Red herring / non-sequitor: You don't need a lick of ESP to tell that if a guy is NOT pointing a weapon at you, and is generally submissive and explanatory as opposed to aggressive or coy, you shouldn't and legally can't use deadly force, particularly absent any knowledge that this is your bad guy as described by the RP. All you need, actually is common sense and experience - common sense and experience that is, which is NOT constantly over-ridden by the gun-hating police chief and city government, by constantly training you to ignore your common sense and shoot anyone with a gun, even if your instinct tells you they're not a threat - due to the gun-hating politics which taint the training.

    "I really don't know why so many people have such a hard time understanding this."

    That's exactly what I say to the gun-haters who constantly assert that the cops can never tell who is the good guy so only more good people are going to get killed from CCW, when actual ya know, reality doesn't bear that out, and CCW has saved countless lives in incidents over and over and over again, and probably 999 times out of 1000, the cops can easily and nearly-instantly tell who is and isn't the bad guy from their experience and instinct (all of the circumstances combined, including, very importantly, how the other members of the publics' such as the RP's body language is toward the guy with a weapon) -- as long is this instinct isn't undermined by extraordinarily anti-gun training - the "shoot anyone with a gun no matter what" mentality that is pervasive among all blue lefty big city police forces, which means virtually all big cities in this country. The key criteria, other than body language and spoken word of the potential shoot-ee (of which there was plenty in this case) is whether the gun is being POINTED in your direction! If it's not, and if you have no other indication of aggressiveness or a specific description of the guy holding the gun as being the aggressor, as described to you by dispatch while en route, then it's simply not an imminent threat for which deadly force is justified.

    "If you are involved in an armed confrontation it's best not to be visibly armed when the officers arrive and if you are, expect to be ordered to disarm and perhaps even cuffed until things are sorted out."
    Absolutely, yes.

    "Responding officers most often don't know what they are dealing with until they arrive and see for themselves."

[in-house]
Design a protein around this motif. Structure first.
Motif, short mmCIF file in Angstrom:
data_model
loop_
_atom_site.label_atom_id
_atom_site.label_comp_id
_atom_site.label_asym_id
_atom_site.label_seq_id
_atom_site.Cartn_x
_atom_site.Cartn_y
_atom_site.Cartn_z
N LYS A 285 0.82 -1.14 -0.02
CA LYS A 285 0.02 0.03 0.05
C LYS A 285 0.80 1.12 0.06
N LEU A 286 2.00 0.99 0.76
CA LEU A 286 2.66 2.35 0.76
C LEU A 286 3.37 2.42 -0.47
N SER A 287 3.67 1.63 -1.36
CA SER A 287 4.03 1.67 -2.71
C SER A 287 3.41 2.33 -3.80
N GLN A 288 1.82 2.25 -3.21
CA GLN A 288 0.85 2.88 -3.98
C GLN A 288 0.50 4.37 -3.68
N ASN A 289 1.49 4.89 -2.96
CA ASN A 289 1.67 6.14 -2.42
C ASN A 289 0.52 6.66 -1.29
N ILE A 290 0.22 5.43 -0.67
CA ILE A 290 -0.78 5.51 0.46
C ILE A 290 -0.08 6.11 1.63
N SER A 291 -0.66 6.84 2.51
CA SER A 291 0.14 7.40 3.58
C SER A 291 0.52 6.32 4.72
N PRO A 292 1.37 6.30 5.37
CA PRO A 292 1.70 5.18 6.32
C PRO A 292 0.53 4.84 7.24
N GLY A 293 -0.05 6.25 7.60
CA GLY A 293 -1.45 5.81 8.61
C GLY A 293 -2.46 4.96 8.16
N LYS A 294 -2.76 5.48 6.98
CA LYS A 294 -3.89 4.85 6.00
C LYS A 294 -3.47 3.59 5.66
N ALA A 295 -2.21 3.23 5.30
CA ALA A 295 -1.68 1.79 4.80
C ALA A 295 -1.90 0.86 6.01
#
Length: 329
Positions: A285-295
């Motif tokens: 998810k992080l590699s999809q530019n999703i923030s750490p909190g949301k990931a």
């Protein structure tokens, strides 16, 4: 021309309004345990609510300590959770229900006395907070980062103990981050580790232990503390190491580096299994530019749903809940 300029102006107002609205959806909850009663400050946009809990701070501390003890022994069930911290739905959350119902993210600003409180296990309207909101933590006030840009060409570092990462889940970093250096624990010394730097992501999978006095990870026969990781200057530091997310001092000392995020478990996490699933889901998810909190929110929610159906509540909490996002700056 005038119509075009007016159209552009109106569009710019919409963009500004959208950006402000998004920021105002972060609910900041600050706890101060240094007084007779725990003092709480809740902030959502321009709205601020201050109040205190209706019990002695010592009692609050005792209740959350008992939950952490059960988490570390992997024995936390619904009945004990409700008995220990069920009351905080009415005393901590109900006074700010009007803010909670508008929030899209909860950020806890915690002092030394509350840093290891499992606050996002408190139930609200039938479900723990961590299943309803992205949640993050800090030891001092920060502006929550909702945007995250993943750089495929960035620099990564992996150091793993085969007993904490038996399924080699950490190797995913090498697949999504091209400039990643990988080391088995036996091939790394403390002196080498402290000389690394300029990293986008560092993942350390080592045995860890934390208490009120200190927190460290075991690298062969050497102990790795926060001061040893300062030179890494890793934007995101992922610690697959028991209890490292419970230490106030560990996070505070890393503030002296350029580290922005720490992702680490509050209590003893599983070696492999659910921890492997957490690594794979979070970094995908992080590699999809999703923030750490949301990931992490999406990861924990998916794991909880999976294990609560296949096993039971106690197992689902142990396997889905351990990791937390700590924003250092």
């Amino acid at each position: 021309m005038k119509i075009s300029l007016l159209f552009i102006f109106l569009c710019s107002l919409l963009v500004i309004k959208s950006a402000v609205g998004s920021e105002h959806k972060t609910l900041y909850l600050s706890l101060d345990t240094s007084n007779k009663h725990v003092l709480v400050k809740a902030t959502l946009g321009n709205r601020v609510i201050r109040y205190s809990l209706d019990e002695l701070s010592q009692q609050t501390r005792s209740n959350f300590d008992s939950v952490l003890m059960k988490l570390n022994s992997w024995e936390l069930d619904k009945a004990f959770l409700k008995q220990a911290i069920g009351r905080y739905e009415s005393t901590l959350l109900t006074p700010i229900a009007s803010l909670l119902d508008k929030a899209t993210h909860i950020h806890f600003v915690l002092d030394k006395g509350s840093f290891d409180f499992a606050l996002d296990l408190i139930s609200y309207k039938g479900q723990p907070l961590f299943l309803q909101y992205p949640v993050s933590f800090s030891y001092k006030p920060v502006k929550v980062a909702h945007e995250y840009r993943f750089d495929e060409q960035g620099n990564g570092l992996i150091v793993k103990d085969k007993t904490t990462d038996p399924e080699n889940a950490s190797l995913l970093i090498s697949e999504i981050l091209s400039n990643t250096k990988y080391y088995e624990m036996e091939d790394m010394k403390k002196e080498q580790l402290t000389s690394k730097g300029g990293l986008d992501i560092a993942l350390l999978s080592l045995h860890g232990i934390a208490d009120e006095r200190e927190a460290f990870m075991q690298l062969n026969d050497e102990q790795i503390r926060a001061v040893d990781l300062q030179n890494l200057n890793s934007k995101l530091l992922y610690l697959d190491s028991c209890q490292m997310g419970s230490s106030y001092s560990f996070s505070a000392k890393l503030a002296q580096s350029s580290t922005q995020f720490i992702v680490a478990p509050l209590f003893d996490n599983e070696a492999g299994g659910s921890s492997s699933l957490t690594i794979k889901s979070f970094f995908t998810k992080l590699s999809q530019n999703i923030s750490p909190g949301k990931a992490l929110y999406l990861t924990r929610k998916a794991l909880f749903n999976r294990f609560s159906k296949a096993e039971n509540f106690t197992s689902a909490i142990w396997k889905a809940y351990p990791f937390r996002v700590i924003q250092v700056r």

True, but that doesn't mean that police chiefs and mayors don't have a strong ongoing positive duty and responsibility to strive to greatly increase communication with dispatch while en route, to specifically try to clarify who the RP is, and who might or might not be a good or bad actor, as well as a duty to train much much better. Any real, experienced, decent cop in America will tell you that in those circumstances, they would have been able to tell this dude wasn't a threat, and wouldn't have shot. In other words, one of the *reasons* they don't know what they're dealing with is gross negligence in not setting up a system where dispatch tries to pump more info from the RP, where dispatch is trained to give a lot more information en route, and above all, where the officers are properly trained to actually heed that information, mentally prepare before arriving, and make those all-important distinctions. Sometimes it's just inevitable that nothing more can be known about an incident other than basic facts, but I believe that very often, much more info can and should be given to the cops, and the cops specifically trained that a person having a gun does not, per se, mean they are the criminal, deserving of being shot. The focus has to be on the elements of proper deadly force use: (a) deadly threat, (b) imminent, (c) objectively reasonable fear and (d) actual subjective fear - ALL 4 of the boxes must be checked, not just some of them or "all but one" under the law. Here there were only two checked or at the most, three, if you believe that the fear was objectively reasonable - still no imminence if the gun ain't pointed your way or being swung up or around to do so. This is yet another failure of big city blue lefty police chiefs - not setting up a good dispatch system of rules, in addition to negligence in training. The training cannot consist solely of "do whatever it takes to come home at the end of the shift", which is what is actually is in most big cities around the country.

    This is 100% about blue lefty anti-gun terribly-poor TRAINING.